Gout is a form of inflammatory arthritis that affects more than eight million people in the US.1 Those who suffer with the disease sometimes experience sudden, intensely painful attacks called flares.2 However, a prescription medication called colchicine may be able to prevent these episodes.3 Read on for answers to frequently asked questions about colchicine.
What is colchicine?
Colchicine, which comes from a flower called the autumn crocus (Colchicum autumnale), is one of the most frequently used drugs for preventing the inflammation associated with acute gout.4 It is one of the oldest as well.5 There is evidence that colchicine was used in ancient Greece more than 2000 years ago.5
How does colchicine help prevent gout flares?
When urate crystals form in the joints, the body can respond as if they are a foreign substance or bacteria.6 When this happens, white blood cells and other infection fighters race to the area.6 This immune response causes the sudden redness, swelling and intense pain of a gout flare.6 It is believed that colchicine helps to prevent gout flares by reducing the intensity of this response.3,4,7
Why should I consider colchicine?
It is important to take preventive measures to stop flares before they happen,8 and colchicine has been proven to reduce the risk of gout flares.9 Without medication, your risk of flares increases greatly over time.10 Including colchicine in your flare prevention regimen may help reduce this risk.9
In a six-month study, adults who took colchicine 0.6 mg daily had 82 percent fewer gout flares.9
In this study, 43 patients starting allopurinol were randomized to receive colchicine 0.6 mg or placebo for up to six months.9 Over the study period, the mean number of gout attacks in patients receiving colchicine plus allopurinol was 0.52, compared with 2.91 gout attacks among patients receiving placebo.9
Do I need a prescription to buy colchicine?
Yes. Colchicine is available only by prescription.7,11
When should I start taking colchicine?
The American College of Rheumatology (ACR) Guidelines for Management of Gout state that patients should start taking an anti-inflammatory medicine such as colchicine either right before or when they begin treatment with a urate-lowering therapy (ULT).12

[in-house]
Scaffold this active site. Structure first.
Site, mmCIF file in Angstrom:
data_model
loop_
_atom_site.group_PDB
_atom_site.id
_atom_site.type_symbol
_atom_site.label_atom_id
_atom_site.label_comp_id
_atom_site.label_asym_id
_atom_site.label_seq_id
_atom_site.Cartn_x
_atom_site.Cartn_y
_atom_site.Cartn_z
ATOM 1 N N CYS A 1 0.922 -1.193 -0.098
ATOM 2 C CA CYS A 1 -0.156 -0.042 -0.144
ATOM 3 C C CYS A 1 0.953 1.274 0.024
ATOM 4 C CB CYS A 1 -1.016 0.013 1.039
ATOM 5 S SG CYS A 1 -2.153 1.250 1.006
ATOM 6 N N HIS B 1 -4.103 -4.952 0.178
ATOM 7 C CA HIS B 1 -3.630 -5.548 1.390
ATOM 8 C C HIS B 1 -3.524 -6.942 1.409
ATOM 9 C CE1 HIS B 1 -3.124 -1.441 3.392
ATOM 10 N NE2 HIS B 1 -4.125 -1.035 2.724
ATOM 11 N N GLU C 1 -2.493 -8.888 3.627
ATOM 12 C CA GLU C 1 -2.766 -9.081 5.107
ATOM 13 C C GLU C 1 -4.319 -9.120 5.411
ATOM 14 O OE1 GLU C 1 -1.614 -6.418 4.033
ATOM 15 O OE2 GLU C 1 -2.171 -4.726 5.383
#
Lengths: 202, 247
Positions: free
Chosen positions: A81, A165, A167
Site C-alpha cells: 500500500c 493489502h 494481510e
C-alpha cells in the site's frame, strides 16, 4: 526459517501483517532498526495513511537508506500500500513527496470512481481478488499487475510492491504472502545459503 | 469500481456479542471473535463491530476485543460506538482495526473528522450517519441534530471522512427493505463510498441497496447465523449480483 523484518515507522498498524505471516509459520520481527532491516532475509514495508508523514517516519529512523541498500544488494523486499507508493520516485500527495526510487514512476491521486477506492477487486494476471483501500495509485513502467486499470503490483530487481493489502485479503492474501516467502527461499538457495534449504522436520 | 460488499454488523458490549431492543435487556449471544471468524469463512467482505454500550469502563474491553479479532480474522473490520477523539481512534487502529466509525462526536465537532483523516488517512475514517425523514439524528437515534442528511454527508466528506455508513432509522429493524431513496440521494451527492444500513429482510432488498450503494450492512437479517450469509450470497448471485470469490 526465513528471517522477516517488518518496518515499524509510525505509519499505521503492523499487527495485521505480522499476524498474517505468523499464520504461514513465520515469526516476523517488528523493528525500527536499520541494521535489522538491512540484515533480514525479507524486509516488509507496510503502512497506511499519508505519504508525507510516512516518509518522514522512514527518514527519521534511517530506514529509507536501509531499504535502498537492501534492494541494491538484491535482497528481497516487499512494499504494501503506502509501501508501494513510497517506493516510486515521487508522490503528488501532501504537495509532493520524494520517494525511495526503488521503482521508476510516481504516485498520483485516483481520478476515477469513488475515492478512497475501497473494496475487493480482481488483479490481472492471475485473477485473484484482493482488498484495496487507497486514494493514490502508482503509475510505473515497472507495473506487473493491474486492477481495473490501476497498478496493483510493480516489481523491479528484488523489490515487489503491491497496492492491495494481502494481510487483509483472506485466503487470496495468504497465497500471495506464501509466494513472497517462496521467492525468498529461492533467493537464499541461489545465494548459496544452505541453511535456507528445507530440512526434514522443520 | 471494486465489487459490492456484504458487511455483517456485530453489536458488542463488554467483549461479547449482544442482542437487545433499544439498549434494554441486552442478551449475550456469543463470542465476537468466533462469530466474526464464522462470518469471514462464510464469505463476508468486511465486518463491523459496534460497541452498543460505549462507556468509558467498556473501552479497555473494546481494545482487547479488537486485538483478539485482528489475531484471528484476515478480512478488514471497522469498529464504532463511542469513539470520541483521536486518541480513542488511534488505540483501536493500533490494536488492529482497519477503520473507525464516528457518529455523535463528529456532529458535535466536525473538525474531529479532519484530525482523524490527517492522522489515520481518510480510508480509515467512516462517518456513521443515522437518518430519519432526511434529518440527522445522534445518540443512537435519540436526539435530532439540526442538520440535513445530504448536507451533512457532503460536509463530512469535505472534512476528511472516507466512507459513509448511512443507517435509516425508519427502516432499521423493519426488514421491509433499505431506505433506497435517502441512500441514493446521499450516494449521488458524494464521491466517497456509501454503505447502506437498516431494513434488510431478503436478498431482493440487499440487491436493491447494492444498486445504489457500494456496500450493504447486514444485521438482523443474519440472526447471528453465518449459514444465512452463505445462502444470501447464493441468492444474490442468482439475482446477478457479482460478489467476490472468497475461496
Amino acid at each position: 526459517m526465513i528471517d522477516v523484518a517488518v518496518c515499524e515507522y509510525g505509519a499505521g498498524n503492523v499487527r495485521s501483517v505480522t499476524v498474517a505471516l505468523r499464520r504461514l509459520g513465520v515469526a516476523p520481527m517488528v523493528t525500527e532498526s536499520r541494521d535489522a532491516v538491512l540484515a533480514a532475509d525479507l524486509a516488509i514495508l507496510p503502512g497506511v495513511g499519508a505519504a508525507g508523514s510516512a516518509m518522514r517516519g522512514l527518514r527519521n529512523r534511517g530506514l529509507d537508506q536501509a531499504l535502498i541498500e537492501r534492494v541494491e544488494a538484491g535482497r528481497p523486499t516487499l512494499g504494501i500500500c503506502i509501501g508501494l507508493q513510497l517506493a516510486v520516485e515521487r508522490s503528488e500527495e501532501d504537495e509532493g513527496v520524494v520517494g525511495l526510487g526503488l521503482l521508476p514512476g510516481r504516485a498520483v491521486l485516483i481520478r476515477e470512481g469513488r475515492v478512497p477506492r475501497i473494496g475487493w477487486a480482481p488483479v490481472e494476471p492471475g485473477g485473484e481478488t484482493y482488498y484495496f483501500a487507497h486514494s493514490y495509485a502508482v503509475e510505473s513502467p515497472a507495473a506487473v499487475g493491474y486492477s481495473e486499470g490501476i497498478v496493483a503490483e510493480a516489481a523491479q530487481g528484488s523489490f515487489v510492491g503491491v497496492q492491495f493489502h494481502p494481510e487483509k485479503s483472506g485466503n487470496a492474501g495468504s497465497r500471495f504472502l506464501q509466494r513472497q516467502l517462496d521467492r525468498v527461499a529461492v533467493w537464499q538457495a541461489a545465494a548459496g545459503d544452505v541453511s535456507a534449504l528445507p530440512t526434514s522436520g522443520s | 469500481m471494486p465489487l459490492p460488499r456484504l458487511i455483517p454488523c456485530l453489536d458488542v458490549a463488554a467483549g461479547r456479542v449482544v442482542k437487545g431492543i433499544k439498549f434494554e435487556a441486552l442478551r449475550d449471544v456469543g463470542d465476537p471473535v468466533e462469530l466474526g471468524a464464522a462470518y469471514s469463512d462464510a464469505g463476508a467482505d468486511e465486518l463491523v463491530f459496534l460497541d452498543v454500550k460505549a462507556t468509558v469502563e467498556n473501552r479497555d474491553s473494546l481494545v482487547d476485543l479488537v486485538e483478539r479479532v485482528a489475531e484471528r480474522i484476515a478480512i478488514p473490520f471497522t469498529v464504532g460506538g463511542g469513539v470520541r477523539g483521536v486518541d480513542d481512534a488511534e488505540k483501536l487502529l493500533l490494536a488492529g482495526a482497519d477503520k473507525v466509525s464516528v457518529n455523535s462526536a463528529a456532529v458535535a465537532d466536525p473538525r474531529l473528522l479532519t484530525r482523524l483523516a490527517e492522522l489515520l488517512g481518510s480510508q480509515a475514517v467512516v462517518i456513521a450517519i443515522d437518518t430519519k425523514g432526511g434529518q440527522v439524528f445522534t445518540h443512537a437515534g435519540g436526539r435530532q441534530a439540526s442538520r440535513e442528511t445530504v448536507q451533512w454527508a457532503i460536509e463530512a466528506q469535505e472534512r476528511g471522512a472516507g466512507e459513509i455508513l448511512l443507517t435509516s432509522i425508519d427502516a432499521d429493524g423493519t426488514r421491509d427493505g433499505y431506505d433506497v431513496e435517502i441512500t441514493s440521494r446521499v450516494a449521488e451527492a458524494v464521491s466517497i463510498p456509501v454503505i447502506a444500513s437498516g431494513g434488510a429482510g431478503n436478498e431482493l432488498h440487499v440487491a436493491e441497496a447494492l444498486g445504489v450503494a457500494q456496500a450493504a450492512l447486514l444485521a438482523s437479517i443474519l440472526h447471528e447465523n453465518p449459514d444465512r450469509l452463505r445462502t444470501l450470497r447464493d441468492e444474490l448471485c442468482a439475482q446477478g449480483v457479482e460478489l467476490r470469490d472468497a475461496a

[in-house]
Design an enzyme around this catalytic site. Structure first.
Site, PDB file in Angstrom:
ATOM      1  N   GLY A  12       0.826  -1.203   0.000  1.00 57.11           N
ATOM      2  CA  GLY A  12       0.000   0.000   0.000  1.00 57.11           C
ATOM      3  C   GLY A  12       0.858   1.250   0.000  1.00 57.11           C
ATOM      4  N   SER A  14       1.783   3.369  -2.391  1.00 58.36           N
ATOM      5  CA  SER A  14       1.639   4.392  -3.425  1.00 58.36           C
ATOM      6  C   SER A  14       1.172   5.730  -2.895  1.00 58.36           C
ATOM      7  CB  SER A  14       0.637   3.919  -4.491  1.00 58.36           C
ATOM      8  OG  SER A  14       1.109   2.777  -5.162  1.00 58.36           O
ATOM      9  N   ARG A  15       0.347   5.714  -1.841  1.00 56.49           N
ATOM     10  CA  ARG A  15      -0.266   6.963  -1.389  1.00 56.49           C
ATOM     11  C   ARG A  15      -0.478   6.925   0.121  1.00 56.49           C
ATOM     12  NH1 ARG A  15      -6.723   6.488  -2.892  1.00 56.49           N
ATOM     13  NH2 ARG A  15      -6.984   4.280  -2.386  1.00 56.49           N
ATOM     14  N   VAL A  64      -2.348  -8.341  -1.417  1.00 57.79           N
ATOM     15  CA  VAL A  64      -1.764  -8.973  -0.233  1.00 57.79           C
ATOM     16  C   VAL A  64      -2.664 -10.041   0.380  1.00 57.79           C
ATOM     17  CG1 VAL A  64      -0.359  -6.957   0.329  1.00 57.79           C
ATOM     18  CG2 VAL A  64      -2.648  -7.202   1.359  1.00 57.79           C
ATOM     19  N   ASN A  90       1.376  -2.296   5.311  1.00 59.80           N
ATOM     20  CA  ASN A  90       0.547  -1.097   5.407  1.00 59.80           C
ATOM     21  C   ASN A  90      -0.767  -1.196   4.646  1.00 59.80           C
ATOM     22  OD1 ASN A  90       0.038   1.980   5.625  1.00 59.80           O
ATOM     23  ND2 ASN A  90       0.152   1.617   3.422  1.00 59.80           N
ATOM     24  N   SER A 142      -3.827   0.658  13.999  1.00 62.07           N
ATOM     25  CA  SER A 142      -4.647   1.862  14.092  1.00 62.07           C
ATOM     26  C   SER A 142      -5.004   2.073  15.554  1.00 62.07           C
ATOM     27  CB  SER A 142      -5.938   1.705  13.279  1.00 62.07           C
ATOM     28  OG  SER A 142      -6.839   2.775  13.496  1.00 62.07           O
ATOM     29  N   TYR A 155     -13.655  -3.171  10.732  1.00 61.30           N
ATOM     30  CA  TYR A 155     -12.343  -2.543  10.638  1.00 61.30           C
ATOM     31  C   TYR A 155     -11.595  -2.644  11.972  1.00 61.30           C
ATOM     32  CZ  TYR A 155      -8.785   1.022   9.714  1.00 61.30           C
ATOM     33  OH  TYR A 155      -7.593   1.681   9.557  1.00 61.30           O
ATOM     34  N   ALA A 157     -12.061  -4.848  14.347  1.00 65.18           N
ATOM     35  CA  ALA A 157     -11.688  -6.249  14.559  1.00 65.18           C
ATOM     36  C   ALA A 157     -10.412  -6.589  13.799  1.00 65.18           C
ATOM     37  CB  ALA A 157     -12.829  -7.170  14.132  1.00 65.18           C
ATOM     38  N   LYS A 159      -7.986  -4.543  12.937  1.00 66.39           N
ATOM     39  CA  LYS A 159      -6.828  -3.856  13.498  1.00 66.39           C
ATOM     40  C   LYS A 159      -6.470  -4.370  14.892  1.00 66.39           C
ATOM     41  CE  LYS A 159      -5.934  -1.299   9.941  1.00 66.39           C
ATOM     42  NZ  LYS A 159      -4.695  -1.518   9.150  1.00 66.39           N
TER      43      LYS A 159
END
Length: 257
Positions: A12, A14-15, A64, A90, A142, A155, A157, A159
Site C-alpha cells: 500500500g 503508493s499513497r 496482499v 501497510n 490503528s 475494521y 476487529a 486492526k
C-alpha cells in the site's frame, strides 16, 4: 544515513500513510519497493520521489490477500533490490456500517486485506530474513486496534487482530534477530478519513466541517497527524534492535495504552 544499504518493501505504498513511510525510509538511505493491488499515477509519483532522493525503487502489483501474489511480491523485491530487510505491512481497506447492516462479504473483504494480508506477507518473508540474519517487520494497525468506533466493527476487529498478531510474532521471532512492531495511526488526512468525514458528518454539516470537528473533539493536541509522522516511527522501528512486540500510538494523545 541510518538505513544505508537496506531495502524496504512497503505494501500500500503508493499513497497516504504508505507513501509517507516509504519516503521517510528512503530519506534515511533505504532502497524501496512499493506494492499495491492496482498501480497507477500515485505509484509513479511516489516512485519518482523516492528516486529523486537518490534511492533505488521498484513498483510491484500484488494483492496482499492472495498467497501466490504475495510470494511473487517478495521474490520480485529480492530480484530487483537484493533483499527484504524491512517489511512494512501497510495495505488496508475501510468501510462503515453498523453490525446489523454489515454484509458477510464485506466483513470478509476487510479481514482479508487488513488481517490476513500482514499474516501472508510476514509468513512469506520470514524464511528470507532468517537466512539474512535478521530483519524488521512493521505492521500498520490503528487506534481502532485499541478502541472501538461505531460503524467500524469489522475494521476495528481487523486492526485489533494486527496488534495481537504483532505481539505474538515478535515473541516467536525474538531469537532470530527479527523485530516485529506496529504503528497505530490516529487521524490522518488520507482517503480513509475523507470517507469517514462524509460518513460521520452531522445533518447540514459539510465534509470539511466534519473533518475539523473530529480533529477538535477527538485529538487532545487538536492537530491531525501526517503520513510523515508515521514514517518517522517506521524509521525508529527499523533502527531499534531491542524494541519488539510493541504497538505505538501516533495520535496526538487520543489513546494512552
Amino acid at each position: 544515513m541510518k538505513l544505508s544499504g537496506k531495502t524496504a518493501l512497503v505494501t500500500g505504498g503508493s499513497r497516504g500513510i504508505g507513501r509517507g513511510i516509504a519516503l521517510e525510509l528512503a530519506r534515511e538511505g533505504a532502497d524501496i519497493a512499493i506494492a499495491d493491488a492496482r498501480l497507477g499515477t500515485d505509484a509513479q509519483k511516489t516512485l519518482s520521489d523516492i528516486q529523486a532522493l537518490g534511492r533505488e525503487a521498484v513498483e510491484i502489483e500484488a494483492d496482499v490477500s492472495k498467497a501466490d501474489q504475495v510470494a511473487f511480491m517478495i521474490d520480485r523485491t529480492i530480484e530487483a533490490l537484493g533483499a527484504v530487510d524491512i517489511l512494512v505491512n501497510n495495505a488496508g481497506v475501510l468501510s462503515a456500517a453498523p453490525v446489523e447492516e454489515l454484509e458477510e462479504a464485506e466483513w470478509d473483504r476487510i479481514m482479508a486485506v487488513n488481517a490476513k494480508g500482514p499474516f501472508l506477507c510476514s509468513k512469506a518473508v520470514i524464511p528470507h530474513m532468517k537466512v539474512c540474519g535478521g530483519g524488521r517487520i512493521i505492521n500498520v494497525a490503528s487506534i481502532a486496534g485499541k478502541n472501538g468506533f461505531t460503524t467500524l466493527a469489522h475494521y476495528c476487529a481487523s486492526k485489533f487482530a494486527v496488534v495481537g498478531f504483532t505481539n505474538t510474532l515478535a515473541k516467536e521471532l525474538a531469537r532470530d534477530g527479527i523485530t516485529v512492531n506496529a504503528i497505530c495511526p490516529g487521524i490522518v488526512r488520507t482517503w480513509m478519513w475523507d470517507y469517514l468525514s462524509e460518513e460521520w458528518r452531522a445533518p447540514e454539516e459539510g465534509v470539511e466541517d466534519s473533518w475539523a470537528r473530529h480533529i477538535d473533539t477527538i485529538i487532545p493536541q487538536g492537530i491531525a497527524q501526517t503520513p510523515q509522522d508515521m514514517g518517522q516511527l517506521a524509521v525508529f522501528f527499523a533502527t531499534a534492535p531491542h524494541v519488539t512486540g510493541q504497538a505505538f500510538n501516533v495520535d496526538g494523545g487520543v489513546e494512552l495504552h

How much colchicine should I take to prevent gout flares?
The appropriate colchicine dosage for the prevention of gout flares in adults is 0.6 mg, taken once or twice a day.7 The maximum colchicine dosage is 1.2 mg per day.7
For how long should I take colchicine?
Take colchicine exactly as directed and for as long as your healthcare professional tells you to.
Does colchicine work the same way as other pain relievers?
No. Colchicine is a very specific kind of pain reliever and will not ease most kinds of pain.7,11 Use colchicine only as directed.7,11
How can I save money on colchicine?
With the True Blue Savings Card, available from Hikma Pharmaceuticals USA Inc., eligible patients can receive their first fill of Mitigare® (Colchicine) 0.6 mg Capsules or Authorized Generic Colchicine 0.6 mg Capsules for as little as $0, up to a maximum value of $65. For refills, eligible patients can save on their out-of-pocket costs and pay as little as $5 per refill for their Mitigare® or Generic Colchicine Capsules, up to a maximum value of $50 per 30-day supply (up to a maximum of 60 capsules).*
Dispenses for 60-day supply (up to a maximum of 120 capsules) and 90-day supply (up to a maximum of 180 capsules) are permissible within the terms of the program, up to a total of a 12-month supply.
Find out if you are eligible for True Blue Savings now.
*For all eligible patients 18 years or older who are legal residents of the United States or Puerto Rico. First 30 days are as little as $0 only for eligible patients. Maximum savings of $65 on the first fill and $50 on refills. Please see complete Terms and Conditions available at Mitigare.com.
Important Safety Information
Colchicine 0.6 mg capsules are contraindicated in patients with renal or hepatic impairment who are currently prescribed drugs that inhibit both P-gp and CYP3A4. Combining these dual inhibitors with colchicine in patients with renal or hepatic impairment has resulted in life-threatening or fatal colchicine toxicity. Patients with both renal and hepatic impairment should not be given Mitigare®.
Fatal overdoses have been reported with colchicine in adults and children. Keep Mitigare® out of the reach of children.
Blood dyscrasias such as myelosuppression, leukopenia, granulocytopenia, thrombocytopenia, and aplastic anemia have been reported with colchicine used in therapeutic doses.
Monitor for toxicity and if present consider temporary interruption or discontinuation of colchicine.
Drug interaction with dual P-gp and CYP3A4 inhibitors: Co-administration of colchicine with dual P-gp and CYP3A4 inhibitors has resulted in life-threatening interactions and death.
Neuromuscular toxicity and rhabdomyolysis may occur with chronic treatment with colchicine in therapeutic doses, especially in combination with other drugs known to cause this effect. Patients with impaired renal function and elderly patients (including those with normal renal and hepatic function) are at increased risk. Consider temporary interruption or discontinuation of Mitigare®.
NOTE: This article was not written by a medical professional and is not intended to substitute for the guidance of a physician. These are not Hikma’s recommendations for gout flare prevention, but rather facts and data collected from various reliable medical sources. For a full list of resources and their attributing links, see below.